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On Sat, May 18, 2013 at 9:31 PM, Tim Hill <> wrote:
>> On Sat, May 18, 2013 at 5:35 PM, Tim Hill <> wrote:
>>> But such a change is a MUCH deeper change to Lua than just making it easier to write the local declarations. Tables have no existence at compile time in the current model, hence the concept of "{}" as a table CONSTRUCTOR and not a table LITERAL.
>> The change is that a set of table constructors can now be asked to
>> give a maximum number of members, at CT. Non-constant tables return
>> "undeterminate". The prodding for maximum number of members happens
>> when the `from' operator is parsed.
> I confess to being rather confused on what you are suggesting. Yes, at CT the number of elements in a constructor is know, but so what? The goal here is to have a construct that can compactly map a set of named table fields to a set of named local variables (as we all know, a common Lua idiom). Debug library aside, local variable names are known only at CT, while table field names are known only at RT. I don't quite see that you are proposing that will change this.

You are conflating concerns. Strictly speaking, the original problem
was to determine the space needed for local slots, therefore the only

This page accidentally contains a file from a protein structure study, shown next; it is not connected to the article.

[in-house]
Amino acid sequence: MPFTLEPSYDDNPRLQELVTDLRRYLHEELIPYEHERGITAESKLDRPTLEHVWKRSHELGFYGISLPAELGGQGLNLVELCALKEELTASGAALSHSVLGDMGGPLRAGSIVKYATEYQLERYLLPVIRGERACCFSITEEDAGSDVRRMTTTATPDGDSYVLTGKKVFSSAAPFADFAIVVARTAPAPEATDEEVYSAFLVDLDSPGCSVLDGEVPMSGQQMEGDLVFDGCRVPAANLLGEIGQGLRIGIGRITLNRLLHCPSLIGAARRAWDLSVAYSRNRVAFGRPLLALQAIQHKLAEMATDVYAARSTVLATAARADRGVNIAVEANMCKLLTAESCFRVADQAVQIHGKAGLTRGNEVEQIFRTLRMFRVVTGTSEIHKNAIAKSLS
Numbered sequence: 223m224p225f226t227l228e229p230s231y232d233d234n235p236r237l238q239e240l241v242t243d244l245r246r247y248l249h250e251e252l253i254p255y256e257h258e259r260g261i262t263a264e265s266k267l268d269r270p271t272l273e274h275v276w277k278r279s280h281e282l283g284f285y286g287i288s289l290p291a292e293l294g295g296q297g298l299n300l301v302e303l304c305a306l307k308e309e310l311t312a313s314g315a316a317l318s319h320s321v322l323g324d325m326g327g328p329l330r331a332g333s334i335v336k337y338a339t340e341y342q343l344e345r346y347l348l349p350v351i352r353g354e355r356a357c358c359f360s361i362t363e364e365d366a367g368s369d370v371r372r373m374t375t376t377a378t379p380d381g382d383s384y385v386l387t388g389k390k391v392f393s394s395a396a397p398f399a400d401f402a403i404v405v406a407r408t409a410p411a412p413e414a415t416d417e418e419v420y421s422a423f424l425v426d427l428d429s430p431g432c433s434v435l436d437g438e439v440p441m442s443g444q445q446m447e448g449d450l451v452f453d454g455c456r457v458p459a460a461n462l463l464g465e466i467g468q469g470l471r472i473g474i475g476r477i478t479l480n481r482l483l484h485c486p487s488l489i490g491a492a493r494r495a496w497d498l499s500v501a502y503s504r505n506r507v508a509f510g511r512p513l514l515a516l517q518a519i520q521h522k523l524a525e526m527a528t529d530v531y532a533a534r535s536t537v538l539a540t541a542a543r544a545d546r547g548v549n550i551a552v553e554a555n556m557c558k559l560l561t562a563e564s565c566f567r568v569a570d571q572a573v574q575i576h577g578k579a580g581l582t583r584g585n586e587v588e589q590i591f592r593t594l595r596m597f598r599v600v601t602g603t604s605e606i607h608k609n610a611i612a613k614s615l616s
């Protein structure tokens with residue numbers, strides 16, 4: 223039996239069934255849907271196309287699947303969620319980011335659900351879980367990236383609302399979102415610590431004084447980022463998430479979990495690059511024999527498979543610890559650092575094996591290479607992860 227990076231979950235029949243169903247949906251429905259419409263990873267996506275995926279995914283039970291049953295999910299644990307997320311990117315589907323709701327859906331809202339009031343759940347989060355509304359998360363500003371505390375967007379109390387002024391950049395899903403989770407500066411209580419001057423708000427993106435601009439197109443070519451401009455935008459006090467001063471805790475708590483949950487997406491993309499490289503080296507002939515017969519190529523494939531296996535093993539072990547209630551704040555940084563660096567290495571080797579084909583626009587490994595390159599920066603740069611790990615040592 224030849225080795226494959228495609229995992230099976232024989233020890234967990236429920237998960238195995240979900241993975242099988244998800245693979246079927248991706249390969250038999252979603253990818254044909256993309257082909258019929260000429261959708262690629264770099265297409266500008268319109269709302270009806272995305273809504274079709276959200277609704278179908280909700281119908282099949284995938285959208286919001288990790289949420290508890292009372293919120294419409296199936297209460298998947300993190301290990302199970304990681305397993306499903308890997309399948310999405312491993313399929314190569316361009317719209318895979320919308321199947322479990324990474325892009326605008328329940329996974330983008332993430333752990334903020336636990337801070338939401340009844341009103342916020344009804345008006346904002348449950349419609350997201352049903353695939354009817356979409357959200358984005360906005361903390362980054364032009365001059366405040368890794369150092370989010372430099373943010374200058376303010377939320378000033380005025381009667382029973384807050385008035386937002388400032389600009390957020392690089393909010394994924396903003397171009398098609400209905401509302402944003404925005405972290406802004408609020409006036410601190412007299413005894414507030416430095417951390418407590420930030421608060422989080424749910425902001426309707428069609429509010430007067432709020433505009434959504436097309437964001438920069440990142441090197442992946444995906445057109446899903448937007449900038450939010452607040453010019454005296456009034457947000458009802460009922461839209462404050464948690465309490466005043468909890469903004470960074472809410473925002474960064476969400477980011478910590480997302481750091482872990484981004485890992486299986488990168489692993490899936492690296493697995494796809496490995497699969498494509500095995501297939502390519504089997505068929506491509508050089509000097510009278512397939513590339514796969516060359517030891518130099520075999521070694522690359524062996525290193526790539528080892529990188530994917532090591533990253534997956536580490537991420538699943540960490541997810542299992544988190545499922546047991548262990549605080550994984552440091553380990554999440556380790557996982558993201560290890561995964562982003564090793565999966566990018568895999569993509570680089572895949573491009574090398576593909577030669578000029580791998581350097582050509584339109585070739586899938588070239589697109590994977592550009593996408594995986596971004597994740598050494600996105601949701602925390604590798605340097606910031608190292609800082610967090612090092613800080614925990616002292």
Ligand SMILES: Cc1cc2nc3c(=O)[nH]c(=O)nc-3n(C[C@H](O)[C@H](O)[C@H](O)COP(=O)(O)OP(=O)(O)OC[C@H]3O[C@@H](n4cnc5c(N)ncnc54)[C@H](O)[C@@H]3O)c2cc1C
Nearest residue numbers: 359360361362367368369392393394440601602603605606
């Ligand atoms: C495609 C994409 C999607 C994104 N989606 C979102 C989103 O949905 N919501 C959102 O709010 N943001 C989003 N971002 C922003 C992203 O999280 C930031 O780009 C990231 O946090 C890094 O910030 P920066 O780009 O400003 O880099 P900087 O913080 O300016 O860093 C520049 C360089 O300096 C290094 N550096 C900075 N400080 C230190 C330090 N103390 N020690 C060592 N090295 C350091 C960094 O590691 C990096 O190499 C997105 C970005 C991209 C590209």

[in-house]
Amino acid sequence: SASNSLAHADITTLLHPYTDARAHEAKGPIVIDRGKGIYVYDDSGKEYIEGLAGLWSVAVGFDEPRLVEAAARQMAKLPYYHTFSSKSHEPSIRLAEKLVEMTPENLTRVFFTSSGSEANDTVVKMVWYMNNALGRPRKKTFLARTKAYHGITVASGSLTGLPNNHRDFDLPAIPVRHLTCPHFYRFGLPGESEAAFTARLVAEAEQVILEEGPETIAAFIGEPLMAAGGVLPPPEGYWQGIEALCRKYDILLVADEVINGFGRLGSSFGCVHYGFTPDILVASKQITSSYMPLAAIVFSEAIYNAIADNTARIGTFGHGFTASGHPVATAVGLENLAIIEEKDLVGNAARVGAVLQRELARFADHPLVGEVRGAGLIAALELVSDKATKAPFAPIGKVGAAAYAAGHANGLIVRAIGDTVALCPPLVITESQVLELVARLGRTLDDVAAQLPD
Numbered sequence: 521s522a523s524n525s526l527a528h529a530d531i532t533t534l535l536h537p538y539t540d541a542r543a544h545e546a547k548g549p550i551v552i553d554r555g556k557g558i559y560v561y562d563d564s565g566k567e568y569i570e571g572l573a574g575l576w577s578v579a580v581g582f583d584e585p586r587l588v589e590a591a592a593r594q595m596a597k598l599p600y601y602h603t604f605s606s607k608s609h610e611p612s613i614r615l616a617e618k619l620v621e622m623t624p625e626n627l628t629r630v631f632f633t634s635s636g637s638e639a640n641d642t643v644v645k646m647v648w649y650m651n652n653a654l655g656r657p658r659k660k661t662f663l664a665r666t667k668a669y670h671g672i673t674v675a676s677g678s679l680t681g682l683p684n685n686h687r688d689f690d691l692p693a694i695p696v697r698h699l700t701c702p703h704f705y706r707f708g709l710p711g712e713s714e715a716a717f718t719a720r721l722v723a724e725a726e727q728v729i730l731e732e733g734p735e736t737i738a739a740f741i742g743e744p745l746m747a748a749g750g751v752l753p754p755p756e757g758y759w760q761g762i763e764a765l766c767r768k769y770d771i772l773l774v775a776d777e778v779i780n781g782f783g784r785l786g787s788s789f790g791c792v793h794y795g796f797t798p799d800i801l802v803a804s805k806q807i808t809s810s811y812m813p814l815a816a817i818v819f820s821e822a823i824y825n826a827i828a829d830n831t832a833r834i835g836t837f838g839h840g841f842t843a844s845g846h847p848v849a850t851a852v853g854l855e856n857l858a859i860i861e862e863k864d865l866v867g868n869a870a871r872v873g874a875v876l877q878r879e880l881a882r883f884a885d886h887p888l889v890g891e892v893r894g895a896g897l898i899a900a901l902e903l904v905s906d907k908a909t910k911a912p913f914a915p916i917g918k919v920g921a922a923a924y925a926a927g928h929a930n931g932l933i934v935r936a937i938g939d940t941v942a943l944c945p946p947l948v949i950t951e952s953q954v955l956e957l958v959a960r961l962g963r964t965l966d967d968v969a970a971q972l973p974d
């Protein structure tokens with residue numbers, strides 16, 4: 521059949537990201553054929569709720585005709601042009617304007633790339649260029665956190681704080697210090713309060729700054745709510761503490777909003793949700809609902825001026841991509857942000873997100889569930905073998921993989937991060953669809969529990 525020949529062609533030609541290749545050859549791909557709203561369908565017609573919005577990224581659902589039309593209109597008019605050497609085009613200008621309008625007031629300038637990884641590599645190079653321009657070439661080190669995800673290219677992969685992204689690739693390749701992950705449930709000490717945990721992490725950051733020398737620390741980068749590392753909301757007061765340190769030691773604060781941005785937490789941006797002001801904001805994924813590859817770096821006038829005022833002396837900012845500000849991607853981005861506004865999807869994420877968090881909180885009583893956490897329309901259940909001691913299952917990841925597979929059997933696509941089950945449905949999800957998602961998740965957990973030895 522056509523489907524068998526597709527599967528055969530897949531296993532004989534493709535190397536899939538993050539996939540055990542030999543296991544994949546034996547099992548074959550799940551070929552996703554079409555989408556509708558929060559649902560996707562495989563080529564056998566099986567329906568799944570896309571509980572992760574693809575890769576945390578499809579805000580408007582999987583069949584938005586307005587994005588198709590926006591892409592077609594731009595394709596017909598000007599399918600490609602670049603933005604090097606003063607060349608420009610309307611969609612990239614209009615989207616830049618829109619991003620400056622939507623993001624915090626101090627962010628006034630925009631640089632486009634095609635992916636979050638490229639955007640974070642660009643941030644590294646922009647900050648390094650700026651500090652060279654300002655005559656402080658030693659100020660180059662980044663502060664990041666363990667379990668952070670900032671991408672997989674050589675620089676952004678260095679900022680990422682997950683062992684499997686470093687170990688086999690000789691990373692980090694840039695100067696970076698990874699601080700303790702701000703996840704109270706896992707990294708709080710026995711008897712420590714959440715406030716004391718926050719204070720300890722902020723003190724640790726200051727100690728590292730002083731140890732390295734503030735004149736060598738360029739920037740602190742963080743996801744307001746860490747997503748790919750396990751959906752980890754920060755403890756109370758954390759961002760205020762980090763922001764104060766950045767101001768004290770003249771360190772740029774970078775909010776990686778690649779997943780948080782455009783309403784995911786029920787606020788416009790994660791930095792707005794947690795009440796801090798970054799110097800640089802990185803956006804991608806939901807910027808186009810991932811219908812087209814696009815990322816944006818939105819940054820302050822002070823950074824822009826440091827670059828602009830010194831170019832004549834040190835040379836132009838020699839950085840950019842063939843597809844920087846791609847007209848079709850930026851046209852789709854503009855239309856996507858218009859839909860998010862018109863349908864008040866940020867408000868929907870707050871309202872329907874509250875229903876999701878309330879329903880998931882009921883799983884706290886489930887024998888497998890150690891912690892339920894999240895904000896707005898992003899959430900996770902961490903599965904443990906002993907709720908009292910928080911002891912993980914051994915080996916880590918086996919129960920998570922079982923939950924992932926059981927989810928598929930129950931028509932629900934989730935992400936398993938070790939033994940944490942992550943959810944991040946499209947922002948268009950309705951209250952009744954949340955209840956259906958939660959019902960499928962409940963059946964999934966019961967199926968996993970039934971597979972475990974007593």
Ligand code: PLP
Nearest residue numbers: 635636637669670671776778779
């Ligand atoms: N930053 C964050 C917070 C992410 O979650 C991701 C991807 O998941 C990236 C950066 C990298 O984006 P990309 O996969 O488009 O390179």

relevant datum is the number of elements. The problem with field names
is orthogonal to that.

Secondly, the problem with field names is only a problem if I
entertain the notion that module writers like to index their export
tables with dynamic (ie., non string-constant names).

In order to circumvent the ridiculousness of that situation, a table
declaration with the constant qualifier must have CT-known names.

>> You can deduce immutability by analyzing the life-time of a table...
>> in the case of modules, the life-time is indeterminate, or potentially
>> program-lasting, which is why the `constant' attribute comes in handy.
> Hmmm … how would you do that? Table lifetime is only really resolvable at runtime .. that's what GC is all about.

You are dismissing analysis of tables who 1. don't get their members
aliased, and 2. exist (has references to) "up to" file scope. I'm
merely suggesting that block, function scope, and file scope lists are
eligible for less expensive analysis than tables that potentially
exist cross-module boundaries.